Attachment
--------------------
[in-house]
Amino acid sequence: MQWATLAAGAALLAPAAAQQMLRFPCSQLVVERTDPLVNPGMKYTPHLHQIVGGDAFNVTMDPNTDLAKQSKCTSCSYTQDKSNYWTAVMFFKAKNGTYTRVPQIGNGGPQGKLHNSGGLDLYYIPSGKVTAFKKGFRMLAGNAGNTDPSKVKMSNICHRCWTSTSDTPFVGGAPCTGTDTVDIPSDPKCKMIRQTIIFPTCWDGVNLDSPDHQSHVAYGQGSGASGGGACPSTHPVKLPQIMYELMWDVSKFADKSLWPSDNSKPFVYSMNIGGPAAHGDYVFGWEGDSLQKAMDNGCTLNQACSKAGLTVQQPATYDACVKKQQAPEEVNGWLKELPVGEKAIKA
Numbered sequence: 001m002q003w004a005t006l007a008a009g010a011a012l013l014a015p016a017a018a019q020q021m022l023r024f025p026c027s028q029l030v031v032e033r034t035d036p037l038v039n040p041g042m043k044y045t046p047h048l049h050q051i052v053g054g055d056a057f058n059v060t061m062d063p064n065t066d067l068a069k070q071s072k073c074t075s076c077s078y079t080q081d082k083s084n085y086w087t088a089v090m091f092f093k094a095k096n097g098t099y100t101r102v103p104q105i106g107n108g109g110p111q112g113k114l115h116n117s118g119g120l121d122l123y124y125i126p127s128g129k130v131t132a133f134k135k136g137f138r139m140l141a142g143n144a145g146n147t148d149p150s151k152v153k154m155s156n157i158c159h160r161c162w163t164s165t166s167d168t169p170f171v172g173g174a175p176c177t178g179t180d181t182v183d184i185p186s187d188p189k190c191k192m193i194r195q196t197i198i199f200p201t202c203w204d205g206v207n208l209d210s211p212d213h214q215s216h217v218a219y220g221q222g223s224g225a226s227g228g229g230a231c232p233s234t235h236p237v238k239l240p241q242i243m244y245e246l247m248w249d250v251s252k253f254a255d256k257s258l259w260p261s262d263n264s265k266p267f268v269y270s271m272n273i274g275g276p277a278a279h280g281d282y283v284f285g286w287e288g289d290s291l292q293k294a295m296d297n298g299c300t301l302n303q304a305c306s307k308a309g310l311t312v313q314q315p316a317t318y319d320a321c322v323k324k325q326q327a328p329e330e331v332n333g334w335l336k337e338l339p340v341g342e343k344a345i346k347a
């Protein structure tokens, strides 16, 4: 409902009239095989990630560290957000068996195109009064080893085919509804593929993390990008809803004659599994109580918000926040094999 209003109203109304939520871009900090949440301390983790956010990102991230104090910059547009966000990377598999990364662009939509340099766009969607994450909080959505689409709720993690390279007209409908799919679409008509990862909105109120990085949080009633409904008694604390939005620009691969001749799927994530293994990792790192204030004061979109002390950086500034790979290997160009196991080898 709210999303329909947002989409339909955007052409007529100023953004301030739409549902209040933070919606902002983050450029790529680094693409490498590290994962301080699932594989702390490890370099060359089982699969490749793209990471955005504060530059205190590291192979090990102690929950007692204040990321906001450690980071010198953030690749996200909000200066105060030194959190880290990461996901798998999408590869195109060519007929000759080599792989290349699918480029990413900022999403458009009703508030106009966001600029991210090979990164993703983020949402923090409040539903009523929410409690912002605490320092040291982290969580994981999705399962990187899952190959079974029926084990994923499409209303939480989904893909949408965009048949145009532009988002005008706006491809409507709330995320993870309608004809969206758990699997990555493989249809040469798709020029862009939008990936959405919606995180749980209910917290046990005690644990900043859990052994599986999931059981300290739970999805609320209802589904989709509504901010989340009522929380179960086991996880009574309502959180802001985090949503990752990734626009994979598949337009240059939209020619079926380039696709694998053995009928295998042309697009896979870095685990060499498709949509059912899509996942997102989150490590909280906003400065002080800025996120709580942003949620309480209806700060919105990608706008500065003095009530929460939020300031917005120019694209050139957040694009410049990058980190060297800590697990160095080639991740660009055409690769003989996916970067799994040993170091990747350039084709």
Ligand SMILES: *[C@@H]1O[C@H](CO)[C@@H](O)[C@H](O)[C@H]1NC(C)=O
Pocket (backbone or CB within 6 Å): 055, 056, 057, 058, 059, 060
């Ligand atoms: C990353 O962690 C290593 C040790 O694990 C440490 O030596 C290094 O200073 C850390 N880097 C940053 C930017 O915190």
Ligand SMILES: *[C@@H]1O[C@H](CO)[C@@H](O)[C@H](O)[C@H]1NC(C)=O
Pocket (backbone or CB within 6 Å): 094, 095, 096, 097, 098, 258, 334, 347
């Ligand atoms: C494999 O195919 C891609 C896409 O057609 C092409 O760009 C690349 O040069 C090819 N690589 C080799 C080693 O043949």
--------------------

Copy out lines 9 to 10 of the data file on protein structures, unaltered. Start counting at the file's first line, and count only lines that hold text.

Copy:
Pocket (backbone or CB within 6 Å): 094, 095, 096, 097, 098, 258, 334, 347
């Ligand atoms: C494999 O195919 C891609 C896409 O057609 C092409 O760009 C690349 O040069 C090819 N690589 C080799 C080693 O043949």